by Leon T. Andrews Jr. and Andrew O. Moore
Cross-system teams from six cities convened in Hartford, Conn., in mid-April to deepen city strategies to reengage disconnected youth - 16-24 year-olds who are out of school and out of work, including many who are "aging out" of public care systems. NLC's Institute for Youth, Education and Families organized the meeting as part of its Municipal Leadership for Disconnected Youth initiative, which is made possible by the support of the Charles Stewart Mott Foundation.
Teams from Dubuque, Iowa; Rochester, N.Y.; Tucson, Ariz.; Washington, D.C.; and co-hosts Hartford and Manchester, Conn., participated in the convening, along with representatives from New York City, Philadelphia and Providence, R.I.
Hartford Mayor Pedro Segarra set the tone for the meeting with a compelling welcome message describing the continuum of services and supports that Hartford is building for its children and youth, and the readiness of the city to focus more intently on older youth.
Focus areas for the meeting included improving the use and sharing of data, developing strong convening structures - including "backbone" intermediaries or lead agencies - and applying techniques such as youth master planning and results-based accountability to the development of citywide disconnected youth strategies.
The emphasis on cross-city learning prompted Hartford City Councilmember Jim Boucher to say, "It is helpful to know that we are not in this alone."
Advancing Data Sharing
Using and sharing data to identify baseline conditions, set goals, determine policy and strategy, evaluate program effectiveness and improve case management arose as priorities for the attending cities.
With these issues in mind, representatives from the City of Hartford, Hartford Public Schools and Capital Workforce Partners described two local approaches.
The city's recently published landscape report served as an example of marshaling data to describe the local situation for young people in Hartford. An introduction to the local data system known as Hartford Connects provided a tangible example of sharing information across agencies and systems, as well as how data informs local policy.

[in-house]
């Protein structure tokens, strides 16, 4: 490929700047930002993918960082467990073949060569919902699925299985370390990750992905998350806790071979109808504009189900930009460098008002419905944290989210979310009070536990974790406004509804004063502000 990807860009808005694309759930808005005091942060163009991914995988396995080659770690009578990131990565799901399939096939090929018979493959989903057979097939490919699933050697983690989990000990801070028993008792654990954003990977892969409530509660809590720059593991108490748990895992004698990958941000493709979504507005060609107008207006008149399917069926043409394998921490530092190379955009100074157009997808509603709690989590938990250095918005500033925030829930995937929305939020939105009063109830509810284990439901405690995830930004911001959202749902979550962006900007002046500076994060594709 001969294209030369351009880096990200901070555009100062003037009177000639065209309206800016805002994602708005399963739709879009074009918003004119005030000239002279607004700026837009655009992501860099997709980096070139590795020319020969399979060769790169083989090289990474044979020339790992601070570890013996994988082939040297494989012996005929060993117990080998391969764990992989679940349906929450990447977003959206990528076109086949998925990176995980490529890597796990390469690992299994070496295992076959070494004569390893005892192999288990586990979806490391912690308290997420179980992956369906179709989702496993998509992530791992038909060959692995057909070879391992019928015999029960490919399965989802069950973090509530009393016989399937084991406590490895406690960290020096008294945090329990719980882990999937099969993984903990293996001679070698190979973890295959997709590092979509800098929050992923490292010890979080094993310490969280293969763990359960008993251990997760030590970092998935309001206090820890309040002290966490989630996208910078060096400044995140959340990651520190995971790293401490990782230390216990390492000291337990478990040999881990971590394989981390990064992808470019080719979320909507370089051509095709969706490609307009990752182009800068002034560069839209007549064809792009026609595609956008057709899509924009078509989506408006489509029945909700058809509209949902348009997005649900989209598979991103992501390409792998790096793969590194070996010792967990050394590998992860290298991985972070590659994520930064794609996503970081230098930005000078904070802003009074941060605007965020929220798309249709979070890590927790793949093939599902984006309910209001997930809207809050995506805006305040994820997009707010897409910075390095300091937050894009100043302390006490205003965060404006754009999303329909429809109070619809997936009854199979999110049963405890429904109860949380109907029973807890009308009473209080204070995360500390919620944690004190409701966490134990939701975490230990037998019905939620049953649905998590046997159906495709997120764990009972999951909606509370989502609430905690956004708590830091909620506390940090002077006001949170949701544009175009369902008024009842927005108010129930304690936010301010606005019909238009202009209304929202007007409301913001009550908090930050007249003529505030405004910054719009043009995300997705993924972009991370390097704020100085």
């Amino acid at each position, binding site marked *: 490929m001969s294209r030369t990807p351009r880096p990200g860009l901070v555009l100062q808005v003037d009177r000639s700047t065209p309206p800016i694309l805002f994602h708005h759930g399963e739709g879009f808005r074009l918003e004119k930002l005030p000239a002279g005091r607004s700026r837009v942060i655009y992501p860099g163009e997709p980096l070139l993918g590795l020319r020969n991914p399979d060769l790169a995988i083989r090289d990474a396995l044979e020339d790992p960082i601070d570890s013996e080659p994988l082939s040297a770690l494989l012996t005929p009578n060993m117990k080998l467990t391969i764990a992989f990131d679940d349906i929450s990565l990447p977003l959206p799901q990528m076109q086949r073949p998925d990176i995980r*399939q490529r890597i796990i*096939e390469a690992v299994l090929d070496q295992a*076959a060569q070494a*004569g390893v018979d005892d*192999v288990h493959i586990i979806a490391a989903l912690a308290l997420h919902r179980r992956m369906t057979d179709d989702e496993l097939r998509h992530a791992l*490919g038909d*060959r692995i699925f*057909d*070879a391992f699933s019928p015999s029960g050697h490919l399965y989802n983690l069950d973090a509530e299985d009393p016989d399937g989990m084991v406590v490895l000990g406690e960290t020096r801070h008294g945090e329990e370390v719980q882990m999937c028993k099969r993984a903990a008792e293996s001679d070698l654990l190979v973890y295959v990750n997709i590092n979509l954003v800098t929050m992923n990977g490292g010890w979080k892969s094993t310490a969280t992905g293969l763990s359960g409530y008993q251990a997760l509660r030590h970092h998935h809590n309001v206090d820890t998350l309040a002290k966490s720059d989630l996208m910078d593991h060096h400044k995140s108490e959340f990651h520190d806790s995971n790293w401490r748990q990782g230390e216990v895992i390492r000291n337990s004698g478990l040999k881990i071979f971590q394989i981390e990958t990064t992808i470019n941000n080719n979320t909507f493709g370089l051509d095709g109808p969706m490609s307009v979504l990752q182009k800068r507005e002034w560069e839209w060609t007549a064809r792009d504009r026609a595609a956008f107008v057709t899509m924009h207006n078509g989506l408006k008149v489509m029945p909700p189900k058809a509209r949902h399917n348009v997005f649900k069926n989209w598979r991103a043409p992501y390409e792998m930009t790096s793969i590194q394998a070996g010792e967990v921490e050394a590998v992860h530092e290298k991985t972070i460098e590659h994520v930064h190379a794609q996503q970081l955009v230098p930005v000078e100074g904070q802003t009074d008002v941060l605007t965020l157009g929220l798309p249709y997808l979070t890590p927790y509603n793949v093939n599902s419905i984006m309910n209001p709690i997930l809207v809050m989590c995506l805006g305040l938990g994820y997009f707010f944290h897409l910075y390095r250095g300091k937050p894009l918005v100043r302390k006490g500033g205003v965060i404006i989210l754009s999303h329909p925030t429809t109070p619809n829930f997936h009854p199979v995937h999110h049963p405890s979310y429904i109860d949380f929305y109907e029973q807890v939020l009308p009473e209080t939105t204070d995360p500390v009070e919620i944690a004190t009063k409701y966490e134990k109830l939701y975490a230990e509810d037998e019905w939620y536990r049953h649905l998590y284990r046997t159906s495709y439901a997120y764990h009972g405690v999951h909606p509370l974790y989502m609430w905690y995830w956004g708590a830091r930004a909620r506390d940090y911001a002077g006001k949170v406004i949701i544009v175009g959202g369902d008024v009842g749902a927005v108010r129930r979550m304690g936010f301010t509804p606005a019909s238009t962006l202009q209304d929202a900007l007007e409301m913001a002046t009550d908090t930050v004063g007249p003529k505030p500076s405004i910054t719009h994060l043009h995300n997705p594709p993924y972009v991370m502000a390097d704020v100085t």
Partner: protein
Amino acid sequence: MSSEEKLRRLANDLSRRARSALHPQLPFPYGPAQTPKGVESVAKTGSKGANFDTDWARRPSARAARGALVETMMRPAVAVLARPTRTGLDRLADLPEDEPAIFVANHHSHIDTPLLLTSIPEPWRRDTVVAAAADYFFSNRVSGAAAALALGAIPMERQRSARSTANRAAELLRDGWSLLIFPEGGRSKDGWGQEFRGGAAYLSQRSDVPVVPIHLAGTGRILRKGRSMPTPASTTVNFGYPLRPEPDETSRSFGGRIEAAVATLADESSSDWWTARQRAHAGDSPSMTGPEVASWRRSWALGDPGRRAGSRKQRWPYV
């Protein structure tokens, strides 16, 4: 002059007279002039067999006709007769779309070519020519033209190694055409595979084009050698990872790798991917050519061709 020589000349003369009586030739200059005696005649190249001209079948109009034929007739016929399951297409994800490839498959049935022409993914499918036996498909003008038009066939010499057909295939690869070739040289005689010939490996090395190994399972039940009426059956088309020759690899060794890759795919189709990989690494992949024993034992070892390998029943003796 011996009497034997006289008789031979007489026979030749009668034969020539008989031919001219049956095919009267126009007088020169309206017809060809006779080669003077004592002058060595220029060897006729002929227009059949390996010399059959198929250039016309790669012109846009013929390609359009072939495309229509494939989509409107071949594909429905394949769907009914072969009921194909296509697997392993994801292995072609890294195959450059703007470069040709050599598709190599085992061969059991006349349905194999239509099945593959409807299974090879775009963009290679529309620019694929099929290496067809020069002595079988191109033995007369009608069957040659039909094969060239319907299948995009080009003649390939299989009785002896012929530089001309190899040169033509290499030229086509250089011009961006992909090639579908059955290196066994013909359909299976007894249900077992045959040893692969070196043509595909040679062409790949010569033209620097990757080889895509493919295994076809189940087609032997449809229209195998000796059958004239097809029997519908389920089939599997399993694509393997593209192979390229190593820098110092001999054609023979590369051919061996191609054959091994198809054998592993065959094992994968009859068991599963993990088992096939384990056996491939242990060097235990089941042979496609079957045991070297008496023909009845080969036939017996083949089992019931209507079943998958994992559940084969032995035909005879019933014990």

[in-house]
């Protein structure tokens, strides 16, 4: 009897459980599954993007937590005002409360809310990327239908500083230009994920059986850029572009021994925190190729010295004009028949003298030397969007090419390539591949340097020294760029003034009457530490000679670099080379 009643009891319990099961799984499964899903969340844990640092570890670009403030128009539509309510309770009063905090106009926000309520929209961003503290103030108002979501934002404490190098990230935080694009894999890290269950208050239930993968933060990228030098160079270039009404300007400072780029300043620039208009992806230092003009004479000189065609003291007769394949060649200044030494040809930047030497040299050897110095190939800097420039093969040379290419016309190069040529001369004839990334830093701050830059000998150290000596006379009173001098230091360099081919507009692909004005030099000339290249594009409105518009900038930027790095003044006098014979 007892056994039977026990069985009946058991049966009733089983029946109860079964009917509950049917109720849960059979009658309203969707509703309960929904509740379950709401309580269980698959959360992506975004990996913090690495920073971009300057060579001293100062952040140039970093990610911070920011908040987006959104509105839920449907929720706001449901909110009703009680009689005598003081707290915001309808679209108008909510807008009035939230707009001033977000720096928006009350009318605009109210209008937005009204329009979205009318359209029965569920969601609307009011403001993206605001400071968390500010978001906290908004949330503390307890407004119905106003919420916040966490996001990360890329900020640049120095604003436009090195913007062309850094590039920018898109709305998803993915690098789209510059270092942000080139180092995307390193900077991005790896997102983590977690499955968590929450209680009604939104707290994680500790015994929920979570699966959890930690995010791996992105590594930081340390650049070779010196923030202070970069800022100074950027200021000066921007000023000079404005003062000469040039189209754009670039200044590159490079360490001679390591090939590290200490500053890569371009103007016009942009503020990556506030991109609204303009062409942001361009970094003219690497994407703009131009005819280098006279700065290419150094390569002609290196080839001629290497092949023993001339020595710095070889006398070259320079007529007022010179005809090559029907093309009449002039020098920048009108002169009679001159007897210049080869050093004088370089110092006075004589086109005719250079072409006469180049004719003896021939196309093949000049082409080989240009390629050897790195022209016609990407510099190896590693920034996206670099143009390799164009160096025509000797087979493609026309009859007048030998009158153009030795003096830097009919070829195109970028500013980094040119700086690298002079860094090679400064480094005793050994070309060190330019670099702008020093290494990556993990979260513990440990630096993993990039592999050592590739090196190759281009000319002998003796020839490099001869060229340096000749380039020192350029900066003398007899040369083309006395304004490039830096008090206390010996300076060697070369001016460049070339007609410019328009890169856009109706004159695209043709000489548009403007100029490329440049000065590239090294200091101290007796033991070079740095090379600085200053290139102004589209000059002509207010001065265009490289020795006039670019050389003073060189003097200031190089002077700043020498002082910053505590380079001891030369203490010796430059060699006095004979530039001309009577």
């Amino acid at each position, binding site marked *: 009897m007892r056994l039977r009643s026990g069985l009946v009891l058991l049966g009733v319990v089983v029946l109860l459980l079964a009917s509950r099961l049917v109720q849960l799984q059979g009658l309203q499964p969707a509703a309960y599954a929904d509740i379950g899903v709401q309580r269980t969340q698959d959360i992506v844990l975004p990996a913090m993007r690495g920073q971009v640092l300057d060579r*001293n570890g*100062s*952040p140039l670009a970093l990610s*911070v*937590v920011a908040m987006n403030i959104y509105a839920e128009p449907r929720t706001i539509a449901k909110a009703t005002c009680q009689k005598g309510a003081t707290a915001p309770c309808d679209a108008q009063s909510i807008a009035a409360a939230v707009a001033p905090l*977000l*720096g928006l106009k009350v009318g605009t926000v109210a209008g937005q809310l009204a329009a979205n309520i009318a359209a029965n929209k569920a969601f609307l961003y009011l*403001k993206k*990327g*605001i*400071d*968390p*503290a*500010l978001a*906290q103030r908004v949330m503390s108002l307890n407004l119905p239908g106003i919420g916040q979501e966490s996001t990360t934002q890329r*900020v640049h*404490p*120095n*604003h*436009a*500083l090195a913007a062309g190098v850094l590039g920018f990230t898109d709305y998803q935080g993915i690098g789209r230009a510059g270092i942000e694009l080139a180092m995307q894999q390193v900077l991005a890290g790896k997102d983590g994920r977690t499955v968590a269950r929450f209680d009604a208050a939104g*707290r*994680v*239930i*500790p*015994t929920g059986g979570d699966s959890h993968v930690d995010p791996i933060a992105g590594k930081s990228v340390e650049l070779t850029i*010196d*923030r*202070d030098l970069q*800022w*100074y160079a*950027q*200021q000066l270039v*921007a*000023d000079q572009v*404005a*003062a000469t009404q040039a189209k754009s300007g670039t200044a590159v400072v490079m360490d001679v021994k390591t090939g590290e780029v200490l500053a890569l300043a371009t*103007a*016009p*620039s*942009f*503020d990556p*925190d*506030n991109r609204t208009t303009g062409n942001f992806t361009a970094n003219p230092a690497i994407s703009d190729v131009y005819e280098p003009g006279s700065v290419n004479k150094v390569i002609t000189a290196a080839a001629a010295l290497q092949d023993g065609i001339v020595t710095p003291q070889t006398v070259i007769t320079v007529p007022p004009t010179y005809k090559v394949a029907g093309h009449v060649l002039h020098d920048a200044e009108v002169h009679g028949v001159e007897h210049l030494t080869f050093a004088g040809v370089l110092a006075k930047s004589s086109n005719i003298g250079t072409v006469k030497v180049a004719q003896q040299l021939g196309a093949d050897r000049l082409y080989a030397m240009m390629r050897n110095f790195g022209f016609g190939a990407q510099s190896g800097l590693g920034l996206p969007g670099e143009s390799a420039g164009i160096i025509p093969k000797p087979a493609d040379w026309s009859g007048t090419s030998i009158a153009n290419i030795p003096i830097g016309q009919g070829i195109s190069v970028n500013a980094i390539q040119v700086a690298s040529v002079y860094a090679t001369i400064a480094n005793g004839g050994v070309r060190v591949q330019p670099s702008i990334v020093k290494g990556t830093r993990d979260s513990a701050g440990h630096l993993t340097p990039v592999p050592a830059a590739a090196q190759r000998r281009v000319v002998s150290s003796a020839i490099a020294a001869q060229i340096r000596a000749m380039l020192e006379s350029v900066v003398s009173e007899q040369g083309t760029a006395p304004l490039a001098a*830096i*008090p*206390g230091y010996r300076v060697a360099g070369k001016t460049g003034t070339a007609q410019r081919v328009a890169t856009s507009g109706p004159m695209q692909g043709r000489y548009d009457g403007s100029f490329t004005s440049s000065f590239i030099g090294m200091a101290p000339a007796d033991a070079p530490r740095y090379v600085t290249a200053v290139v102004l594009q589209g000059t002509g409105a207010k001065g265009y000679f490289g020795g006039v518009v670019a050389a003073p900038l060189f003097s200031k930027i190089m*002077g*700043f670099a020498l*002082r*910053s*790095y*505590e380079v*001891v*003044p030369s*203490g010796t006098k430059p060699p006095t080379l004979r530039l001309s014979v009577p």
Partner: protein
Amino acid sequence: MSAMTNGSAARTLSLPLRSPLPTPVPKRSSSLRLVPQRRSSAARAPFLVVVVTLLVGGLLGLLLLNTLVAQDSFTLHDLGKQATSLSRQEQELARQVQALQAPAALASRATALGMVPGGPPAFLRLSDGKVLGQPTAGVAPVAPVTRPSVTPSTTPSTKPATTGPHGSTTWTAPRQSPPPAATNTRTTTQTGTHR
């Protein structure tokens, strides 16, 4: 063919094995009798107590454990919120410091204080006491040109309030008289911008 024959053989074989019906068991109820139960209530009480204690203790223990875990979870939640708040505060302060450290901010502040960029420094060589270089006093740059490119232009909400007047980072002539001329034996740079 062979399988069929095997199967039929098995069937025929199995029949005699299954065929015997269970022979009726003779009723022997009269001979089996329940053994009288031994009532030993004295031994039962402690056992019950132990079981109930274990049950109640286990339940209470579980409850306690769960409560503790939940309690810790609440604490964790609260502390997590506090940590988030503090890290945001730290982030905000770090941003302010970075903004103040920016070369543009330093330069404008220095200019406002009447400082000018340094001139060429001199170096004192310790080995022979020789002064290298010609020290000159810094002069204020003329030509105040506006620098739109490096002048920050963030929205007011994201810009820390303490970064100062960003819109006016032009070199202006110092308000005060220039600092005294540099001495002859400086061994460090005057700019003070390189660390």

Effective Partnership Structures
How intermediaries or lead agencies can support and sustain cross-system collaboration also surfaced as a key topic for participating cities.
Guest facilitators Lili Allen of Jobs for the Future and Rachel Antrobus, transitional age youth director for the City and County of San Francisco, briefed participants on the essential roles of "backbone" agencies.
Teams conducted self-assessments of local structures for convening and collaboration and identified next steps to strengthen those structures.
Local experience infused the meeting in two additional ways. Participants visited Hartford's Opportunity High School, developed and run as a partnership among the schools, city and the nonprofit agency Our Piece of the Pie for students who are overage and undercredited and thus in danger of not finishing high school.
City teams also learned how the Town of Manchester has used the results-based accountability approach to build upon a youth master plan and develop a common mission, goals and indicators for "turning the curve" for disconnected youth.
Manchester Mayor Louis Spadaccini capped the meeting with a talk that noted how the town had reorganized its structure for improved results.
City teams spent the last part of the meeting discussing specific actions each will take to develop data and convening structures that contribute to local, cross-system strategies to reengage disconnected youth.